The Aussie Conservative Blog supports the tenacious, principled, consistently conservative political activism of Cory Bernardi, along with his Australian Conservatives party.
And in his recent speech, Bernardi is more than correct: how can a nation continue to fund futile, globalist economic endeavours, while we are incapable of pulling our own finances into order? We hear politicians of both parties rehash the same clichés of ‘we are on track to achieve budget surplus in 5 years’, and yet every year, national debt worsens. Australia should cease superfluous foreign spending until our own financial accounts come back into balance. Although this would appear obvious, the major parties cannot take this hint, so we conservatives should be grateful that Australia has Bernardi to represent us in the Australian Senate.
Further, Bernardi makes striking points on welfare. Although some governmental assistance to the needy is important, Australia’s social welfare has grown out of control. As it is virtually impossible to pull people off benefits they already receive, additional expansions to welfare spending must be vehemently opposed.
Cory Bernardi recent speech to the Senate, September 11, 2017:
I have deep concerns about our ongoing commitments to organisations like the IMF and the United Nations, in particular where we are pledging what is effectively borrowed money to support the bailout of nations that can’t manage their own financial affairs. I don’t have that much confidence in the IMF as the arbiter of responsible financial management. If they were having a positive role in international affairs, you would expect that they would pre-empt and be able to forecast some of the crises that have captured the globe—for example, Greece, which was on a trajectory to bankruptcy for many decades. The problem we have right around the world is that the level of debt is far too high, because governments of all persuasions insist on giving people the impression that there can be a magic placement of cash that they don’t have to work for, that they can just receive, and everything will be all right. There is this perception of, ‘What’s in it for me?’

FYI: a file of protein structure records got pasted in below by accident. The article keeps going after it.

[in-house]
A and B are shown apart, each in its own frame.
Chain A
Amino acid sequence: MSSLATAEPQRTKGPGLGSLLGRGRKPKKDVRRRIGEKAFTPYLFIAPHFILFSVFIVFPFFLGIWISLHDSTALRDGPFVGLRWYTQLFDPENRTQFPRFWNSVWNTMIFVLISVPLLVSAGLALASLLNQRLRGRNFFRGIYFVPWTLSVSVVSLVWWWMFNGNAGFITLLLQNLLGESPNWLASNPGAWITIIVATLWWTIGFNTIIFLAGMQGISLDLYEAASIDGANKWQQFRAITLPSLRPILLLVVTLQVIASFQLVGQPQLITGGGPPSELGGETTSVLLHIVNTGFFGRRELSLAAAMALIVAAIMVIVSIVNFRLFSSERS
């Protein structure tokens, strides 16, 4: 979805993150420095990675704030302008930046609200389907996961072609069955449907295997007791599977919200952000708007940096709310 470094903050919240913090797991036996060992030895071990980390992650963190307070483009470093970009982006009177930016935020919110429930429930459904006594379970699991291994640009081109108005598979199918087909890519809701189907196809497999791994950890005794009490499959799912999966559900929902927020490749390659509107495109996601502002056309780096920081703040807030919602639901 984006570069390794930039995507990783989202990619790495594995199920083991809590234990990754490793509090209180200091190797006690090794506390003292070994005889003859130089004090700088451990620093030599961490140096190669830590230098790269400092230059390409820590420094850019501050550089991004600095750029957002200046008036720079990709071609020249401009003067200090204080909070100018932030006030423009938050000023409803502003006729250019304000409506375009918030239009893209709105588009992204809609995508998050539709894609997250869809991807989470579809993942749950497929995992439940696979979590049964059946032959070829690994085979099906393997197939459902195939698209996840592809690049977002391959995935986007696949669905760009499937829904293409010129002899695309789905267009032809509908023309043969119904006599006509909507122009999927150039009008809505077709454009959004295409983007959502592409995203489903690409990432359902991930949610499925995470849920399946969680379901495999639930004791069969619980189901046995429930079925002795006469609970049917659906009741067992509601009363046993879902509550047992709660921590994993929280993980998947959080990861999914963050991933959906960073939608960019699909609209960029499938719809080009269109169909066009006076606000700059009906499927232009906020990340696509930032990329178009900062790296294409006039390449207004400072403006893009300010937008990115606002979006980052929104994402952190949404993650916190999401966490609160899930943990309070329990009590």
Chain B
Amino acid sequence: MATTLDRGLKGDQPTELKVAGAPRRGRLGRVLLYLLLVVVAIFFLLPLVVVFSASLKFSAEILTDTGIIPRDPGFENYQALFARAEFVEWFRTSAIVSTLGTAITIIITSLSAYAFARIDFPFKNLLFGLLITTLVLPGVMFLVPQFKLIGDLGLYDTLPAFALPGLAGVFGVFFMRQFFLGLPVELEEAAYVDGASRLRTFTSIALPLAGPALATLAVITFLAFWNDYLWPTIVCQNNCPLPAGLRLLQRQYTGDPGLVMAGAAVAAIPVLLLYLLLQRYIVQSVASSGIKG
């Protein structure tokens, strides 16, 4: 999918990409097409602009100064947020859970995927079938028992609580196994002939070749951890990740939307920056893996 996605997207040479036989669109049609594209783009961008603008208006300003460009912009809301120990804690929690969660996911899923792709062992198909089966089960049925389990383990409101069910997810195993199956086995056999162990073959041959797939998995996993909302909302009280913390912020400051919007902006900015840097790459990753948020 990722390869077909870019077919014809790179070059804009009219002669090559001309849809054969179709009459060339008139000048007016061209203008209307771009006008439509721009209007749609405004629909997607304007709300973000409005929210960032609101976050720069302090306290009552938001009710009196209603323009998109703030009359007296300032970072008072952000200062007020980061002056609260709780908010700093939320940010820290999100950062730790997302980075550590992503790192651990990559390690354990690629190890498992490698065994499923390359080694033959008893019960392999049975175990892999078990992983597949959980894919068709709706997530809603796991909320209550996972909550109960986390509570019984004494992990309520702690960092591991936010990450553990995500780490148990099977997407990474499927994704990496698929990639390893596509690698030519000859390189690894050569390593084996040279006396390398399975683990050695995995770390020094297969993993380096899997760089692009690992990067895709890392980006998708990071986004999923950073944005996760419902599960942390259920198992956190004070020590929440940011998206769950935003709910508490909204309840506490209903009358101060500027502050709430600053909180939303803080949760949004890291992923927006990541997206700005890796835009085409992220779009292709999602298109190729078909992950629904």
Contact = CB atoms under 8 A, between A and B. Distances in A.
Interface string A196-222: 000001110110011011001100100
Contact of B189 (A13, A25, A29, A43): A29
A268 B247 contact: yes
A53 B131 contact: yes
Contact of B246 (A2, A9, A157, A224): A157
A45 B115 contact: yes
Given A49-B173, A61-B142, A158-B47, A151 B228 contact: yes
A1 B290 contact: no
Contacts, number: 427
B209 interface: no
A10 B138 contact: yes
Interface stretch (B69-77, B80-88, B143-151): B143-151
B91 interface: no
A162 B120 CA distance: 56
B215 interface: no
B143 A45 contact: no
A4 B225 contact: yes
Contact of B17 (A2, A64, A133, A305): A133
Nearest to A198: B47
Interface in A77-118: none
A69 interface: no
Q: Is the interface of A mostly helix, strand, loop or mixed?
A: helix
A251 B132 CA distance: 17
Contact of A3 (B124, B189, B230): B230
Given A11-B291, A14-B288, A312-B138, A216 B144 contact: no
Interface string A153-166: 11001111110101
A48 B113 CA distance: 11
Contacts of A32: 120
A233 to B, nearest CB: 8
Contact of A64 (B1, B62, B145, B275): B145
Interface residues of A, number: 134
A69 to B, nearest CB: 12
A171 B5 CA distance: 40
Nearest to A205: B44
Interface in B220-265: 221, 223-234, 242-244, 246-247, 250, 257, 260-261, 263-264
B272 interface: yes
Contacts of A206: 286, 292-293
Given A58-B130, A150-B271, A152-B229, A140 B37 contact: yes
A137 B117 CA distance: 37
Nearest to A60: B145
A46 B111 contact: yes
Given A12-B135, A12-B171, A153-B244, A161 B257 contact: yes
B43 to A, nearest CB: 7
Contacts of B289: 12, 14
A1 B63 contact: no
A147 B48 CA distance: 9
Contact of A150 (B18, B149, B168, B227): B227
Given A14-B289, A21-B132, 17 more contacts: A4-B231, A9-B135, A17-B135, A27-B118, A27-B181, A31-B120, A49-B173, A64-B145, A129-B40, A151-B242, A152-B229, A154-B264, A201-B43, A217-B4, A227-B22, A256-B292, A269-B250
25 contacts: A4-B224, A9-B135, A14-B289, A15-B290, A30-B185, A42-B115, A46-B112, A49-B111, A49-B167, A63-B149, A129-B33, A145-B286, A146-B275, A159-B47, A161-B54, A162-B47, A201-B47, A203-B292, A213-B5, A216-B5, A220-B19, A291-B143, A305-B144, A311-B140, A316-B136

One of the great tragedies is that Australia is heading down the same path. About 50 per cent of the people in this country receive more in benefits than they pay in taxes. It operates such that the top 10 per cent of earners pay in the region of 40 or 50 per cent of the taxes, or even more. That’s simply not sustainable. Those on the other side of the chamber will say that they should be taxed more to provide more benefits. Well, that’s wrong. It is absolutely wrong. We need to get our own house in order before we can be better, more responsible contributors to the global economy, and pledging access to some billions of dollars for the IMF—about $8.6 billion, I understand, of money borrowed from Australian taxpayers—doesn’t seem very prudent to me. In fact, it’s less than prudent. It’s foolish; it’s inane.
First of all, we have obligations to repay the intergenerational debt that has been clocked up by those on both sides of the chamber in the past 10 years. That is expected to peak at $726 billion, but I can tell you now, that will not be the peak. The runaway debt in this country shows no signs of abatement at all, and I would lay London to a brick that the debt incurred in the last 10 years will not be repaid while any of the current members of this place are still here. We’ll all be long gone and leaving it to others to pay for the activities and the actions that successive governments have responded to. So, I’m opposed to the International Monetary Agreements Amendment (New Arrangements to Borrow) Bill 2017, because we are pledging borrowed money to give to an organisation that is unaccountable and unelected and that then gives the money to countries that have been unable to manage their finances. It’s imprudent; it’s illogical. There is a better way. So, I oppose this bill.